Since then the company has represented to me that upon actual surveys made it has determined upon the precise point of departure of their said branch road from the Missouri River, and located the same as described in the accompanying report of the Secretary of the Interior, which point is within the limits designated in the order of November last; and inasmuch as that order is not of record in any of the Executive Departments, and the company having desired a more definite one, I have made the order of which a copy is herewith, and caused the same to be filed in the Department of the Interior.
ADDRESS TO GENERAL GRANT,
MARCH 9, 1864.
GENERAL GRANT:--The expression of the nation's approbation of what you have already done, and its reliance on you for what remains to do in the existing great struggle, is now presented with this commission constituting you Lieutenant-General of the Army of the United States.
With this high honor, devolves on you an additional responsibility. As the country herein trusts you, so, under God, it win sustain you. I scarcely need add, that with what I here speak for the country, goes my own hearty personal concurrence.
GENERAL GRANT'S REPLY.
Mr. PRESIDENT:--I accept this commission, with gratitude for the high honor conferred.
With the aid of the noble armies that have fought on so many fields for our common country, it will be my earnest endeavor not to disappoint your expectations.
I feel the full weight of the responsibilities now devolving on me, and I know that if they are met, it will be due to those armies; and above all, to the favor of that Providence which leads both nations and men.
ORDER ASSIGNING U. S. GRANT TO THE COMMAND OF THE ARMIES OF THE UNITED STATES.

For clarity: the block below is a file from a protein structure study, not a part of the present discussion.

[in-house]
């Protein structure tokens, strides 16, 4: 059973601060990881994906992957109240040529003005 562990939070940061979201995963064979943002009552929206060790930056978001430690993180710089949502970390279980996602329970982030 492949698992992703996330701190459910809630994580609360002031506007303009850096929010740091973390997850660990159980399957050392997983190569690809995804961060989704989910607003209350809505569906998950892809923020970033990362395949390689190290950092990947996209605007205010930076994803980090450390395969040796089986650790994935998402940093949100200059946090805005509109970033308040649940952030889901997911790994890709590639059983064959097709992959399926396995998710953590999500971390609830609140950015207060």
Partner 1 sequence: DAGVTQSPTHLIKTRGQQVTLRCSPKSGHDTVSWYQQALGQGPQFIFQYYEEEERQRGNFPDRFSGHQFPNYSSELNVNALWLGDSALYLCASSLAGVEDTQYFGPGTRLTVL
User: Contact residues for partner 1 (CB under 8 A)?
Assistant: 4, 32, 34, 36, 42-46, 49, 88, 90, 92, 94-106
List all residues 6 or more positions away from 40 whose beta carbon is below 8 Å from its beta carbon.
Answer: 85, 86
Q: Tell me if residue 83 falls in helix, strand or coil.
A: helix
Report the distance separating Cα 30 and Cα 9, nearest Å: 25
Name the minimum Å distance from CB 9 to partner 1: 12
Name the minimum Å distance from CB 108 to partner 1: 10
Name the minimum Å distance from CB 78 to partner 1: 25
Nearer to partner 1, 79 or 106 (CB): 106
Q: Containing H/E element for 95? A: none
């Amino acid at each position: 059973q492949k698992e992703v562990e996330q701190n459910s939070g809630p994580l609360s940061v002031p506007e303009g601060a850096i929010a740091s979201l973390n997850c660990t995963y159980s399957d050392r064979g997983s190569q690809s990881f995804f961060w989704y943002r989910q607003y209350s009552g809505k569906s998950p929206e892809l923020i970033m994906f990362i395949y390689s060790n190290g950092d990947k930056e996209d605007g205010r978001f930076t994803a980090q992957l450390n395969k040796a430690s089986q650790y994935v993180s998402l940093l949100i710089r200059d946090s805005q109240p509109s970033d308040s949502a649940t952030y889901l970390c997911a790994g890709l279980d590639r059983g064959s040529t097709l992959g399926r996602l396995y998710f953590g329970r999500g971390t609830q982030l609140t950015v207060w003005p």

EXECUTIVE MANSION, WASHINGTON, D. C., March 10, 1864.
Under the authority of an act of Congress to revive the grade of lieutenant-General in the United States Army, approved February 29, 1864, Lieutenant-General Ulysses S. Grant, United States Army, is assigned to the command of the Armies of the United States.
TELEGRAM TO GOVERNOR MURPHY.
WASHINGTON, D. C., March 12, 1864. GOVERNOR MURPHY, Little Rock, Arkansas:
I am not appointing officers for Arkansas now, and I will try to remember your request. Do your. best to get out the largest vote possible, and of course as much of it as possible on the right side.
TO GENERAL HAHN. (Private.)
EXECUTIVE MANSION, WASHINGTON, March 13, 1864
HON. MICHAEL HAHN.
MY DEAR SIR:--I congratulate you on having fixed your name in history as the first free-state governor of Louisiana. Now, you are about to have a convention, which among other things will probably define the elective franchise. I barely suggest for your private consideration, whether some of the colored people may not be let in,--as, for instance, the very intelligent, and especially those who have fought gallantly in our ranks. They would probably help, in some trying time to come, to keep the jewel of liberty within the family of freedom. But this is only a suggestion,--not to the public, but to you alone.
CALL FOR TWO HUNDRED THOUSAND MEN.
EXECUTIVE MANSION WASHINGTON, MARCH 14, 1864.
In order to supply the force required to be drafted for the Navy and to provide an adequate reserve force for all contingencies, in addition to the five hundred thousand men called for February 1, 1864, a call is hereby made and a draft ordered for two hundred thousand men for the military service (Army, Navy, and Marine Corps) of the United States.
The proportional quotas for the different wards, towns, townships, precincts, or election districts, or counties, will be made known through the Provost Marshal-General's Bureau, and account will be taken of the credits and deficiencies on former quotas.
The 15th day of April, 1864, is designated as the time up to which the numbers required from each ward of a city, town, etc., may be raised by voluntary enlistment, and drafts will be made in each ward of a city, town, etc., which shall not have filled the quota assigned to it within the time designated for the number required to fill said quotas.